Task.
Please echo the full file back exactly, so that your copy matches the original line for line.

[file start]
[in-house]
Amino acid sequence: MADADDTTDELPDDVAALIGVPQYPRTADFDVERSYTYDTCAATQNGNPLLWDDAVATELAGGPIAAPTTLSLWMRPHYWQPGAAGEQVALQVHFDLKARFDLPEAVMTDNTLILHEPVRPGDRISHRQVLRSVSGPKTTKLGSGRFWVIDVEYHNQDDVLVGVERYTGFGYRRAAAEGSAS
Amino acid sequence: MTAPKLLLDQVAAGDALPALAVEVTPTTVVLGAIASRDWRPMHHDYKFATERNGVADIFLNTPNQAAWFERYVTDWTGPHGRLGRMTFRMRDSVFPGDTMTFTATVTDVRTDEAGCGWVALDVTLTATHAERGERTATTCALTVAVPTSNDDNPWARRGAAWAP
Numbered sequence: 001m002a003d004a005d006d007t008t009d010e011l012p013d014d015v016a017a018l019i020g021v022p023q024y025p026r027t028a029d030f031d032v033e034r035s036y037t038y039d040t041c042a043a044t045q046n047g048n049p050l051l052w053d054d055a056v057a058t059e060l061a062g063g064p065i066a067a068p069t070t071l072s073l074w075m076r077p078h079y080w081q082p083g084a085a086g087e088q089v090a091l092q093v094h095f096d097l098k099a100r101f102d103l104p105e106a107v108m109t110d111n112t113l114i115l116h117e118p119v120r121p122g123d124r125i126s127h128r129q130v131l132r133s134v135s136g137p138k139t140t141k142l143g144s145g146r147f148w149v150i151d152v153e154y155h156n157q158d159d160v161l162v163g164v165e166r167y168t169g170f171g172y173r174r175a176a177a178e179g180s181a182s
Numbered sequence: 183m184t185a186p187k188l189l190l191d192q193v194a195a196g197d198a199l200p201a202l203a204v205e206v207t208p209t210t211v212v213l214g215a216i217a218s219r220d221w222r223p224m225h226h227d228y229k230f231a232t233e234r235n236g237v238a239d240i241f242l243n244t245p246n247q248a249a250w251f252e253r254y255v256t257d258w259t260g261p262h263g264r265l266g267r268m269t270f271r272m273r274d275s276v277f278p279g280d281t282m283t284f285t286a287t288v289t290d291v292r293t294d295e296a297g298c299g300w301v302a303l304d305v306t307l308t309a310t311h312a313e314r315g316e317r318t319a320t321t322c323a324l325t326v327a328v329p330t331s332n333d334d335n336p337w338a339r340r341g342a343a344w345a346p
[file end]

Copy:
[in-house]
Amino acid sequence: MADADDTTDELPDDVAALIGVPQYPRTADFDVERSYTYDTCAATQNGNPLLWDDAVATELAGGPIAAPTTLSLWMRPHYWQPGAAGEQVALQVHFDLKARFDLPEAVMTDNTLILHEPVRPGDRISHRQVLRSVSGPKTTKLGSGRFWVIDVEYHNQDDVLVGVERYTGFGYRRAAAEGSAS
Amino acid sequence: MTAPKLLLDQVAAGDALPALAVEVTPTTVVLGAIASRDWRPMHHDYKFATERNGVADIFLNTPNQAAWFERYVTDWTGPHGRLGRMTFRMRDSVFPGDTMTFTATVTDVRTDEAGCGWVALDVTLTATHAERGERTATTCALTVAVPTSNDDNPWARRGAAWAP
Numbered sequence: 001m002a003d004a005d006d007t008t009d010e011l012p013d014d015v016a017a018l019i020g021v022p023q024y025p026r027t028a029d030f031d032v033e034r035s036y037t038y039d040t041c042a043a044t045q046n047g048n049p050l051l052w053d054d055a056v057a058t059e060l061a062g063g064p065i066a067a068p069t070t071l072s073l074w075m076r077p078h079y080w081q082p083g084a085a086g087e088q089v090a091l092q093v094h095f096d097l098k099a100r101f102d103l104p105e106a107v108m109t110d111n112t113l114i115l116h117e118p119v120r121p122g123d124r125i126s127h128r129q130v131l132r133s134v135s136g137p138k139t140t141k142l143g144s145g146r147f148w149v150i151d152v153e154y155h156n157q158d159d160v161l162v163g164v165e166r167y168t169g170f171g172y173r174r175a176a177a178e179g180s181a182s
Numbered sequence: 183m184t185a186p187k188l189l190l191d192q193v194a195a196g197d198a199l200p201a202l203a204v205e206v207t208p209t210t211v212v213l214g215a216i217a218s219r220d221w222r223p224m225h226h227d228y229k230f231a232t233e234r235n236g237v238a239d240i241f242l243n244t245p246n247q248a249a250w251f252e253r254y255v256t257d258w259t260g261p262h263g264r265l266g267r268m269t270f271r272m273r274d275s276v277f278p279g280d281t282m283t284f285t286a287t288v289t290d291v292r293t294d295e296a297g298c299g300w301v302a303l304d305v306t307l308t309a310t311h312a313e314r315g316e317r318t319a320t321t322c323a324l325t326v327a328v329p330t331s332n333d334d335n336p337w338a339r340r341g342a343a344w345a346p